To: Chris M.
From: Geoffrey Klempner
Subject: Does J.S. Mill have a coherent conception of happiness?
Date: 13th November 2009 13:50
Thank you for your email of 9 November, with your one-hour timed essay for the University of London Ethics: Historical Perspectives module, in response to the question, 'Does Mill have a coherent conception of happiness?'
This question is not on the face of it about Mill's theory of utilitarianism. Other philosophers (e.g. Aristotle) have put forward theories about the nature of happiness which were not intended to provide a definition of a 'good' to be 'maximized'. However, you are right to consider the use that Mill wished to put his notion of happiness, because this is one of the main sources of tension.
Mill needs a notion of happiness which can plausibly be inserted into the formula, 'The most happiness for the most people'. This creates a constraint on possible definitions of happiness which arguably threatens the coherence of his theory.
In describing Mill's critique of Bentham's undifferentiated notion of pleasure, you neglect to mention that Bentham does have a fairly robust explanation of why we prefer some pleasures to others. The explanation is in terms of 'fecundity'. By indulging myself in the pleasure of writing philosophy, I give others the opportunity to experience pleasure, while they in turn benefit others through the effect that the study of philosophy has on their character and behaviour.
In Bentham's own example, the pleasures of 'pushpin' (a popular pub game) and poetry are the same qua pleasures; the only consideration is length, intensity etc. However, the pleasure of writing poetry has greater fecundity than the pleasure of playing pushpin.
You make a very good point about Maslow's hierarchy of needs. We have very strong intuitions that no amount of 'higher' pleasures would justify failing to meet the need e.g. for food and shelter -- which seems to contradict Mill's claim that higher pleasures are 'more desirable' than lower pleasures from the point of view of an impartial judge who has experienced both; and therefore, by implication, the view that higher pleasures count for more in the utility calculation.
But isn't it surprising how little thought Mill gives to calculating 'utility'? There's no thought here of a 'calculus' of utility, only the appeal to the consequences for human happiness as the only acceptable basis for moral decision making. Surely, it can't be a criticism of Mill's conception of happiness, as such, that he fails to deliver an measurable quantity that can be used to determine which of various courses of action ethically right from an objective standpoint.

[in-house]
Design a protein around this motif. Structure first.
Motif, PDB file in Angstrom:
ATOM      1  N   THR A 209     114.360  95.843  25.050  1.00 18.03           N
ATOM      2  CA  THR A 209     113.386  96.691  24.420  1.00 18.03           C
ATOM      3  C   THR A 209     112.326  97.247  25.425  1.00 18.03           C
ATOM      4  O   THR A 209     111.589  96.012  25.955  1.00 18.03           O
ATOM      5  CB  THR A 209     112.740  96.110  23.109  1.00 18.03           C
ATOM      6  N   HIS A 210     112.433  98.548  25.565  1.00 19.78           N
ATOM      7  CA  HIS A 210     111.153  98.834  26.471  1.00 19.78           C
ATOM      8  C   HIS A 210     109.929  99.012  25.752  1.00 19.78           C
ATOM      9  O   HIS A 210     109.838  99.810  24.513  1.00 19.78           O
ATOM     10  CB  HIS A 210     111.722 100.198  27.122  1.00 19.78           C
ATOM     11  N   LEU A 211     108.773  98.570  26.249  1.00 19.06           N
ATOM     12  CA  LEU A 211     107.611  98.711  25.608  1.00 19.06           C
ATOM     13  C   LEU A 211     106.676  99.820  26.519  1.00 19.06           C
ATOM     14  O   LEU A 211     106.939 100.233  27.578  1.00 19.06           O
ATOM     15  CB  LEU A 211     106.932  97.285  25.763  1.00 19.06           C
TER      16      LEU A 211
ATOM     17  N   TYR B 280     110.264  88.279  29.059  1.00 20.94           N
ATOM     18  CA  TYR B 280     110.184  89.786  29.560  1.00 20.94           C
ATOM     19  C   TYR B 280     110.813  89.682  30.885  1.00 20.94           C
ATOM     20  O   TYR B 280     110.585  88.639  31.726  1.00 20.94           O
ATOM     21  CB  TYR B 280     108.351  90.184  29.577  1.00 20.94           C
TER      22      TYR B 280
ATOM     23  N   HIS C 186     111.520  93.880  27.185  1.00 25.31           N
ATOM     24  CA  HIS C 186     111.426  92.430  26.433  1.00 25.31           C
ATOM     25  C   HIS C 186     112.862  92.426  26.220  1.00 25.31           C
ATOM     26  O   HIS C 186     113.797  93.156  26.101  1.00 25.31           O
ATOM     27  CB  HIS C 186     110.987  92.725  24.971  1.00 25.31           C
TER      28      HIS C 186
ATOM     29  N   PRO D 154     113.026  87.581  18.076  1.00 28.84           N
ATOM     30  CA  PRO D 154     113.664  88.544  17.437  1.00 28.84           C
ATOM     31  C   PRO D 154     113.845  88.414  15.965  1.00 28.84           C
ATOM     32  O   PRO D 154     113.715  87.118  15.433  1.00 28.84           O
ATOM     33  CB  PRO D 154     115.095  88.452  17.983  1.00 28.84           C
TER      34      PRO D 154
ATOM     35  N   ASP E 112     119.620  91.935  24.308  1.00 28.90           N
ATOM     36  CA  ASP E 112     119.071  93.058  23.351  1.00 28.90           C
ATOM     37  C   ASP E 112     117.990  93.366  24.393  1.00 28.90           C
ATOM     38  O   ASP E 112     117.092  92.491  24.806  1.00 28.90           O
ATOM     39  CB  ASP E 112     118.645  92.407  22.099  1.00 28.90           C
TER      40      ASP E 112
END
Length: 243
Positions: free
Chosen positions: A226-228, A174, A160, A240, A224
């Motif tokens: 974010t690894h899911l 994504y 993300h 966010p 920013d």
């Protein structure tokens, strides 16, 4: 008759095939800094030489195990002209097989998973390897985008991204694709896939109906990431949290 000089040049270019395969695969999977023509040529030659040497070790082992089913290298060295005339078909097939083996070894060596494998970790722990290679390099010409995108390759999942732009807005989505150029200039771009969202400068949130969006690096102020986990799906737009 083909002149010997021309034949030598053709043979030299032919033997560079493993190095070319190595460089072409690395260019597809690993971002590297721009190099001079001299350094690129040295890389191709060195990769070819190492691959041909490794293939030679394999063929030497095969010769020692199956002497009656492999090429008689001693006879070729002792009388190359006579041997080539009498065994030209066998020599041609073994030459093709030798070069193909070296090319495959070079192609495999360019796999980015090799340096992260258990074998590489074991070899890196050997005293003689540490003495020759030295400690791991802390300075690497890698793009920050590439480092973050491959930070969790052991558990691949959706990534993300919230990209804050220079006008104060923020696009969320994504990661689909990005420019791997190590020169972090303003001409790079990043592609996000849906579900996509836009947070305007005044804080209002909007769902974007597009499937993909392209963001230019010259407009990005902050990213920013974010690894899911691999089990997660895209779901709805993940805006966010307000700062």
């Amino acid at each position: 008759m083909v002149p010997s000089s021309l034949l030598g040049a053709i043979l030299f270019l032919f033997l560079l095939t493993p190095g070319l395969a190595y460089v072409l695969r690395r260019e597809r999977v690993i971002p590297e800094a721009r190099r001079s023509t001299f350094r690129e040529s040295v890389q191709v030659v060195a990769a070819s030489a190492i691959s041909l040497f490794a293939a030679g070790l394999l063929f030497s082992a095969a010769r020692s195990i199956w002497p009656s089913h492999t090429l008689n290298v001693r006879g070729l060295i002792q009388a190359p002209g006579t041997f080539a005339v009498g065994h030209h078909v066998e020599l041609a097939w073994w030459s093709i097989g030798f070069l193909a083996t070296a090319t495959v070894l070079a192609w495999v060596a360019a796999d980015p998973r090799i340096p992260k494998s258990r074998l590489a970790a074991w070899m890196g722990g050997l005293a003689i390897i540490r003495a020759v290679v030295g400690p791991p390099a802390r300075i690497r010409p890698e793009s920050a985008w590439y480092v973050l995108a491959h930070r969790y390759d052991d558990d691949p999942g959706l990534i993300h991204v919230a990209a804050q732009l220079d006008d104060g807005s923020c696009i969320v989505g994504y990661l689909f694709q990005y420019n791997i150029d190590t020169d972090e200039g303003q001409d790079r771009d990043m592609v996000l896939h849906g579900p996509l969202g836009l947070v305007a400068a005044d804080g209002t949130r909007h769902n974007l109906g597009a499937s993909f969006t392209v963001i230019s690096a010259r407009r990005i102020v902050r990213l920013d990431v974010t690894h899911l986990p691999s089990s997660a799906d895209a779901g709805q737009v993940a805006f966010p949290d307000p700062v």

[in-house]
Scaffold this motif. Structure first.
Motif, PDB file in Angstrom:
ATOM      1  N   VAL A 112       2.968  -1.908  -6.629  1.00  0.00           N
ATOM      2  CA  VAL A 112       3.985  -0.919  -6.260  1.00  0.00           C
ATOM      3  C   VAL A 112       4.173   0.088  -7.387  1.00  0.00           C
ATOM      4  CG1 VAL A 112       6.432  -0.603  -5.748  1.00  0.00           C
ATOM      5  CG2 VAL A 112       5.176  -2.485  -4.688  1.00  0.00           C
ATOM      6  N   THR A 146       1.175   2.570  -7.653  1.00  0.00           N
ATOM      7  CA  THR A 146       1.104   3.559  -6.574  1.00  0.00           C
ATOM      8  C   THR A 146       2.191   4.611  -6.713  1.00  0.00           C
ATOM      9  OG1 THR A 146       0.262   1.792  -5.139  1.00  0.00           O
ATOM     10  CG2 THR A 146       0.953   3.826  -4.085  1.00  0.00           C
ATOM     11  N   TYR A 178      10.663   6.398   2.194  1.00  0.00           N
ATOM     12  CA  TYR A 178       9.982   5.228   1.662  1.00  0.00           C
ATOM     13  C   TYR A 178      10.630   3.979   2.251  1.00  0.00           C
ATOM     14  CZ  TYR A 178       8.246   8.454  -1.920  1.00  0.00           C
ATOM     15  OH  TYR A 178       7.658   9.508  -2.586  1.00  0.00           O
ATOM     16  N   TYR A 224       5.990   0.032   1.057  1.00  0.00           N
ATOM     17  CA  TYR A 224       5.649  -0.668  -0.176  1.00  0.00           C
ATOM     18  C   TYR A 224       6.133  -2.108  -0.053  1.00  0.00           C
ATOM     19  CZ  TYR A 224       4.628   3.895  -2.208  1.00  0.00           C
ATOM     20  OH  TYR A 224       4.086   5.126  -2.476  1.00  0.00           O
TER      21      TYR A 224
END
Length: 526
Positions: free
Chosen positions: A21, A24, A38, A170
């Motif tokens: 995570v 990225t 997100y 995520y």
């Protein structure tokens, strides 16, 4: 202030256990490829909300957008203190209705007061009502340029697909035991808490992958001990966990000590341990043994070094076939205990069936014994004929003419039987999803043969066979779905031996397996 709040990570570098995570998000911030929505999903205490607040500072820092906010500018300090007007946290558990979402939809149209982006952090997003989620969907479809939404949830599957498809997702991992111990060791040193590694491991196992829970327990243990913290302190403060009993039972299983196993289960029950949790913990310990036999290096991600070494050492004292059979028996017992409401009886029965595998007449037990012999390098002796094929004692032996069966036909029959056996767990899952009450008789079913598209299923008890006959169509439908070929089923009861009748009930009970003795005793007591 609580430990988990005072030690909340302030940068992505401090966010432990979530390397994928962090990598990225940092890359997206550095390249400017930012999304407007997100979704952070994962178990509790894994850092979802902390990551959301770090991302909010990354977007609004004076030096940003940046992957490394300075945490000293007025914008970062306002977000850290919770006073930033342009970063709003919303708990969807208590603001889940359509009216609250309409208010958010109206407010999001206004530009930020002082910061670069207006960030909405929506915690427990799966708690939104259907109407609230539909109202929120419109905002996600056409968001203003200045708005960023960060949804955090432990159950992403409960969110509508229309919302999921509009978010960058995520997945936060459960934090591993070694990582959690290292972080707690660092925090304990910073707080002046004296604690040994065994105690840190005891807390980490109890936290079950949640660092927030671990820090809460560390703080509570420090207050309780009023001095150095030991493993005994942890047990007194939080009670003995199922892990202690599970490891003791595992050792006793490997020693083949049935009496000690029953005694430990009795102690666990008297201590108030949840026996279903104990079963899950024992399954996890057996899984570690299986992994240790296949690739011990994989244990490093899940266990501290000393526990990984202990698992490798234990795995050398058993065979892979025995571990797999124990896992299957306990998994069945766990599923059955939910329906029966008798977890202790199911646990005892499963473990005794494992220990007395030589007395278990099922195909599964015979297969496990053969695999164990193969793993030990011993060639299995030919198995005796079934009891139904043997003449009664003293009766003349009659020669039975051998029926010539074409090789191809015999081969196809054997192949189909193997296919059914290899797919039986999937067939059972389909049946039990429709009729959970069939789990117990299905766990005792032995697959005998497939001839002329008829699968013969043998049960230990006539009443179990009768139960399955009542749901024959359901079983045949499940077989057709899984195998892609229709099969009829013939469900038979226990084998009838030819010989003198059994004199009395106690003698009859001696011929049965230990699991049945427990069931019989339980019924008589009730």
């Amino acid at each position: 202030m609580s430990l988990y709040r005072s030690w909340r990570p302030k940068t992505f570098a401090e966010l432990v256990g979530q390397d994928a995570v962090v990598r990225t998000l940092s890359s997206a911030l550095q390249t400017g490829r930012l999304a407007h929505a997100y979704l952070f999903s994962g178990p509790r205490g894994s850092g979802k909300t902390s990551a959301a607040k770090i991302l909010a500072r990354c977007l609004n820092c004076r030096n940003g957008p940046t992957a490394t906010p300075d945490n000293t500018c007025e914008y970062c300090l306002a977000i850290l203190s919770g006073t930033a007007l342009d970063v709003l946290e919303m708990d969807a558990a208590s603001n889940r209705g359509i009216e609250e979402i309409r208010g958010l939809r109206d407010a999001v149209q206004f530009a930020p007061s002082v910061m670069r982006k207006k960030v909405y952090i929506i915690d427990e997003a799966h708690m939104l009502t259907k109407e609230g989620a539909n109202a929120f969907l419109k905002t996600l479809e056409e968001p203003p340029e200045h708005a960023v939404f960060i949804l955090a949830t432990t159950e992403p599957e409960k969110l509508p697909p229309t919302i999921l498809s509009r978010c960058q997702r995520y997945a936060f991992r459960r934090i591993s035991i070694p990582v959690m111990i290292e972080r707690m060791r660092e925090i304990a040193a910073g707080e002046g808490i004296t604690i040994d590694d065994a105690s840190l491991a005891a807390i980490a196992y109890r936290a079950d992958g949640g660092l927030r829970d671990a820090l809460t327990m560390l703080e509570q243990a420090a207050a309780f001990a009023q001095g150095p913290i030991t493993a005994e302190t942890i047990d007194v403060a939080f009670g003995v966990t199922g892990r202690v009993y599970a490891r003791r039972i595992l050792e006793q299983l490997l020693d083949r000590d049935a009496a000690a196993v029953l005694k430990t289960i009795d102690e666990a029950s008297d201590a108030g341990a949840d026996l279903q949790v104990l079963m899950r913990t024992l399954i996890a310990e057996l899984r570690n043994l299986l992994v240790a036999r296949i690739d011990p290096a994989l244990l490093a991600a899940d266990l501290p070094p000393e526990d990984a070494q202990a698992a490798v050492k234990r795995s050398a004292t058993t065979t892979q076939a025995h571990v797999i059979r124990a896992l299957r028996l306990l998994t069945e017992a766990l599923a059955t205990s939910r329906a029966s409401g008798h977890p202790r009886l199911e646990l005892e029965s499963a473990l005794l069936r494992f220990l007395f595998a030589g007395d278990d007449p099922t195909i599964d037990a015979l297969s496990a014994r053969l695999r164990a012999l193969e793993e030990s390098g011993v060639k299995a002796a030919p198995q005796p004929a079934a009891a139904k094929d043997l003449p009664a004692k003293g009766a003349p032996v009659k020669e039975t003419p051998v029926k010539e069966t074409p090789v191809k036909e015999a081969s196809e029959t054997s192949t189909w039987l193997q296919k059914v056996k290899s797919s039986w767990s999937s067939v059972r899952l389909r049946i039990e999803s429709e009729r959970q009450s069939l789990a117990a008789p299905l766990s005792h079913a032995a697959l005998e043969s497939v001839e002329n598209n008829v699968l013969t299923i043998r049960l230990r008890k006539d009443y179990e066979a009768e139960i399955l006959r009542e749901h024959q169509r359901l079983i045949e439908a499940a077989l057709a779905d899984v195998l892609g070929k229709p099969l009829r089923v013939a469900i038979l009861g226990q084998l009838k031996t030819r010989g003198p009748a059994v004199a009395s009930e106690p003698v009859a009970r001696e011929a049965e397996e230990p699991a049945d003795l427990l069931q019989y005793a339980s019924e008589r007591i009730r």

It is, however, a potential criticism of Mill that he attempts to define happiness in terms of pleasure. But does he do this? Or is it rather the case that what Mill wants to do is 'have it both ways'? In which case there is a potential for incoherence between a hedonistic view of happiness and views which attempt to move away from pure hedonism.
In conceding that virtue is a part of happiness and not merely the means to happiness (= pleasure), Mill effectively recognizes a more Aristotelian conception of happiness according to which one can say that a person is not 'really' happy, even though they think they are. Though Mill doesn't actually say this, one can infer from the claim that virtue is a part of happiness that an evil sadist who gets an enormous amount of pleasure from torturing his victims is not 'really' happy. This would certainly be Aristotle's view.
You have focused on Mill's essay 'Utilitarianism', basing your exposition on what Mill says in that book. However, a case could be made that a vital element of happiness, according to Mill, is what he terms 'individuality' in his other major essay 'On Liberty'. The notion of individuality implies that happiness is not just an experience or feeling but rather a state which one achieves as a whole person, involving integrity, the coherence of one's aims, interests and ideals. Making a life for oneself as an individual is a creative process. Mill wants to encourage 'experiments in living' so that human beings can have the opportunity to thrive in different ways, with on one plan of life being the ideal.
I guess the question of the coherence of Mill's conception of happiness comes down to his attempt to keep on board the idea of a necessary link between happiness and pleasure. Given that he wants to include elements of virtue, character, integrity, creativity -- will this hold together, or is the solution to give up hedonism and reconstruct the notion of happiness along more Aristotelian lines? As I have indicated, whether or not Mill's utilitarian theory of moral judgement is coherent or defensible is a different question.
All the best,